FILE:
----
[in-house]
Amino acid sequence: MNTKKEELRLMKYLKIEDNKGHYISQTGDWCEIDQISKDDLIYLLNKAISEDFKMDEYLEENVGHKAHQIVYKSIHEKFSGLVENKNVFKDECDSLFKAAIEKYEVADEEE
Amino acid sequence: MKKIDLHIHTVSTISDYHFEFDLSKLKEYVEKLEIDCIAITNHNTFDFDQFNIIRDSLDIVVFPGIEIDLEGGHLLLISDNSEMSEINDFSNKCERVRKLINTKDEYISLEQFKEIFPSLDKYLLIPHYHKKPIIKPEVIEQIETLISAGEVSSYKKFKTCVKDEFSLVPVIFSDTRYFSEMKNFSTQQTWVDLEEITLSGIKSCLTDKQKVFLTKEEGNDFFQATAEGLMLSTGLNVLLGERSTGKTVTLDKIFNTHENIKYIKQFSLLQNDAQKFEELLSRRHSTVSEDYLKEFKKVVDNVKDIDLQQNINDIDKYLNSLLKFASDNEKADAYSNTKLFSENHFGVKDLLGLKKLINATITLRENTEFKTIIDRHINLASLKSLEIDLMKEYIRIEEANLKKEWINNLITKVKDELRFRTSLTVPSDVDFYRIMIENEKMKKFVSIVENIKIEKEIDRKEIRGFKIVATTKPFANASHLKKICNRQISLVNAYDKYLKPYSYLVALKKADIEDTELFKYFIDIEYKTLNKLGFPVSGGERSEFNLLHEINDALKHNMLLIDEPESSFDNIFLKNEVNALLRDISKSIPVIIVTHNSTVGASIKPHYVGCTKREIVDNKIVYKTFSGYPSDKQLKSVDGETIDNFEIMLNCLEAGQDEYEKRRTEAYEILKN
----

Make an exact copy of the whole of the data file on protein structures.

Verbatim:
[in-house]
Amino acid sequence: MNTKKEELRLMKYLKIEDNKGHYISQTGDWCEIDQISKDDLIYLLNKAISEDFKMDEYLEENVGHKAHQIVYKSIHEKFSGLVENKNVFKDECDSLFKAAIEKYEVADEEE
Amino acid sequence: MKKIDLHIHTVSTISDYHFEFDLSKLKEYVEKLEIDCIAITNHNTFDFDQFNIIRDSLDIVVFPGIEIDLEGGHLLLISDNSEMSEINDFSNKCERVRKLINTKDEYISLEQFKEIFPSLDKYLLIPHYHKKPIIKPEVIEQIETLISAGEVSSYKKFKTCVKDEFSLVPVIFSDTRYFSEMKNFSTQQTWVDLEEITLSGIKSCLTDKQKVFLTKEEGNDFFQATAEGLMLSTGLNVLLGERSTGKTVTLDKIFNTHENIKYIKQFSLLQNDAQKFEELLSRRHSTVSEDYLKEFKKVVDNVKDIDLQQNINDIDKYLNSLLKFASDNEKADAYSNTKLFSENHFGVKDLLGLKKLINATITLRENTEFKTIIDRHINLASLKSLEIDLMKEYIRIEEANLKKEWINNLITKVKDELRFRTSLTVPSDVDFYRIMIENEKMKKFVSIVENIKIEKEIDRKEIRGFKIVATTKPFANASHLKKICNRQISLVNAYDKYLKPYSYLVALKKADIEDTELFKYFIDIEYKTLNKLGFPVSGGERSEFNLLHEINDALKHNMLLIDEPESSFDNIFLKNEVNALLRDISKSIPVIIVTHNSTVGASIKPHYVGCTKREIVDNKIVYKTFSGYPSDKQLKSVDGETIDNFEIMLNCLEAGQDEYEKRRTEAYEILKN